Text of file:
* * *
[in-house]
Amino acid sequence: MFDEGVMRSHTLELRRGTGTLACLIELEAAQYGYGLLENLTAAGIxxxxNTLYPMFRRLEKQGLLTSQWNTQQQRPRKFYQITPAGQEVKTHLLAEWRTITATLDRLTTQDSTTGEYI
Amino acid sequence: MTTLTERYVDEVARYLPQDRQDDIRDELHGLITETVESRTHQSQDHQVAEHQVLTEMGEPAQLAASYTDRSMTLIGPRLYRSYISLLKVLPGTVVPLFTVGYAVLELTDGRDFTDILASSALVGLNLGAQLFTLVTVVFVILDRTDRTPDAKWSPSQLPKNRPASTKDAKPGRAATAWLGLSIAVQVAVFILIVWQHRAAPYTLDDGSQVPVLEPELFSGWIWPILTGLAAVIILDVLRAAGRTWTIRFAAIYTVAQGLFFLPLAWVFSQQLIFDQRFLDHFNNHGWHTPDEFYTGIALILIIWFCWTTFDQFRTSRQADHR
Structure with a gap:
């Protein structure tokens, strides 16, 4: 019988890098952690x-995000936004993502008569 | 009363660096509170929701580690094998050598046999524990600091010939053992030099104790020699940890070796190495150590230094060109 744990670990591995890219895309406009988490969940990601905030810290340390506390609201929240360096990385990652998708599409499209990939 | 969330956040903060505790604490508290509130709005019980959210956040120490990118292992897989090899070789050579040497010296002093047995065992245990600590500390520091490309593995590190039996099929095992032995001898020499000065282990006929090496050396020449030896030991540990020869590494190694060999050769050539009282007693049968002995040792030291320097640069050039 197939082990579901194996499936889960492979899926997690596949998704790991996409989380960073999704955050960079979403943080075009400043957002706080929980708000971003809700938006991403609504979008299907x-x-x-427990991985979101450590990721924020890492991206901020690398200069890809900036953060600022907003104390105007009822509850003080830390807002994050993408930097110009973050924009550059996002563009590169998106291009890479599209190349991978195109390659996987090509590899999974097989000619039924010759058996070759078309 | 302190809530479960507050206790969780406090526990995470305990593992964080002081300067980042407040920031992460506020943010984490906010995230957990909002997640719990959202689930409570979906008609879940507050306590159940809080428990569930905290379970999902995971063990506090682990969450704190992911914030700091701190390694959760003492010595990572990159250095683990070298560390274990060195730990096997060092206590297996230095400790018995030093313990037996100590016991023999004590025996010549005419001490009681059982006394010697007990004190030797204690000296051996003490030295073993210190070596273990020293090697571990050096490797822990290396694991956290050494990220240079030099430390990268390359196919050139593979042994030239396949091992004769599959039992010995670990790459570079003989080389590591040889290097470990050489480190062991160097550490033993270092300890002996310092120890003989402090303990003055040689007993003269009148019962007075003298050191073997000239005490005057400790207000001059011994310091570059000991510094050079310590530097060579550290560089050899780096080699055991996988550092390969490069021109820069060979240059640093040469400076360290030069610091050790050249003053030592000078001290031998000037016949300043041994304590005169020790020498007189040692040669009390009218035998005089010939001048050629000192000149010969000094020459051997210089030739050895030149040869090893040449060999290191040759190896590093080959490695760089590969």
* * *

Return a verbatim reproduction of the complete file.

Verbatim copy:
[in-house]
Amino acid sequence: MFDEGVMRSHTLELRRGTGTLACLIELEAAQYGYGLLENLTAAGIxxxxNTLYPMFRRLEKQGLLTSQWNTQQQRPRKFYQITPAGQEVKTHLLAEWRTITATLDRLTTQDSTTGEYI
Amino acid sequence: MTTLTERYVDEVARYLPQDRQDDIRDELHGLITETVESRTHQSQDHQVAEHQVLTEMGEPAQLAASYTDRSMTLIGPRLYRSYISLLKVLPGTVVPLFTVGYAVLELTDGRDFTDILASSALVGLNLGAQLFTLVTVVFVILDRTDRTPDAKWSPSQLPKNRPASTKDAKPGRAATAWLGLSIAVQVAVFILIVWQHRAAPYTLDDGSQVPVLEPELFSGWIWPILTGLAAVIILDVLRAAGRTWTIRFAAIYTVAQGLFFLPLAWVFSQQLIFDQRFLDHFNNHGWHTPDEFYTGIALILIIWFCWTTFDQFRTSRQADHR
Structure with a gap:
């Protein structure tokens, strides 16, 4: 019988890098952690x-995000936004993502008569 | 009363660096509170929701580690094998050598046999524990600091010939053992030099104790020699940890070796190495150590230094060109 744990670990591995890219895309406009988490969940990601905030810290340390506390609201929240360096990385990652998708599409499209990939 | 969330956040903060505790604490508290509130709005019980959210956040120490990118292992897989090899070789050579040497010296002093047995065992245990600590500390520091490309593995590190039996099929095992032995001898020499000065282990006929090496050396020449030896030991540990020869590494190694060999050769050539009282007693049968002995040792030291320097640069050039 197939082990579901194996499936889960492979899926997690596949998704790991996409989380960073999704955050960079979403943080075009400043957002706080929980708000971003809700938006991403609504979008299907x-x-x-427990991985979101450590990721924020890492991206901020690398200069890809900036953060600022907003104390105007009822509850003080830390807002994050993408930097110009973050924009550059996002563009590169998106291009890479599209190349991978195109390659996987090509590899999974097989000619039924010759058996070759078309 | 302190809530479960507050206790969780406090526990995470305990593992964080002081300067980042407040920031992460506020943010984490906010995230957990909002997640719990959202689930409570979906008609879940507050306590159940809080428990569930905290379970999902995971063990506090682990969450704190992911914030700091701190390694959760003492010595990572990159250095683990070298560390274990060195730990096997060092206590297996230095400790018995030093313990037996100590016991023999004590025996010549005419001490009681059982006394010697007990004190030797204690000296051996003490030295073993210190070596273990020293090697571990050096490797822990290396694991956290050494990220240079030099430390990268390359196919050139593979042994030239396949091992004769599959039992010995670990790459570079003989080389590591040889290097470990050489480190062991160097550490033993270092300890002996310092120890003989402090303990003055040689007993003269009148019962007075003298050191073997000239005490005057400790207000001059011994310091570059000991510094050079310590530097060579550290560089050899780096080699055991996988550092390969490069021109820069060979240059640093040469400076360290030069610091050790050249003053030592000078001290031998000037016949300043041994304590005169020790020498007189040692040669009390009218035998005089010939001048050629000192000149010969000094020459051997210089030739050895030149040869090893040449060999290191040759190896590093080959490695760089590969």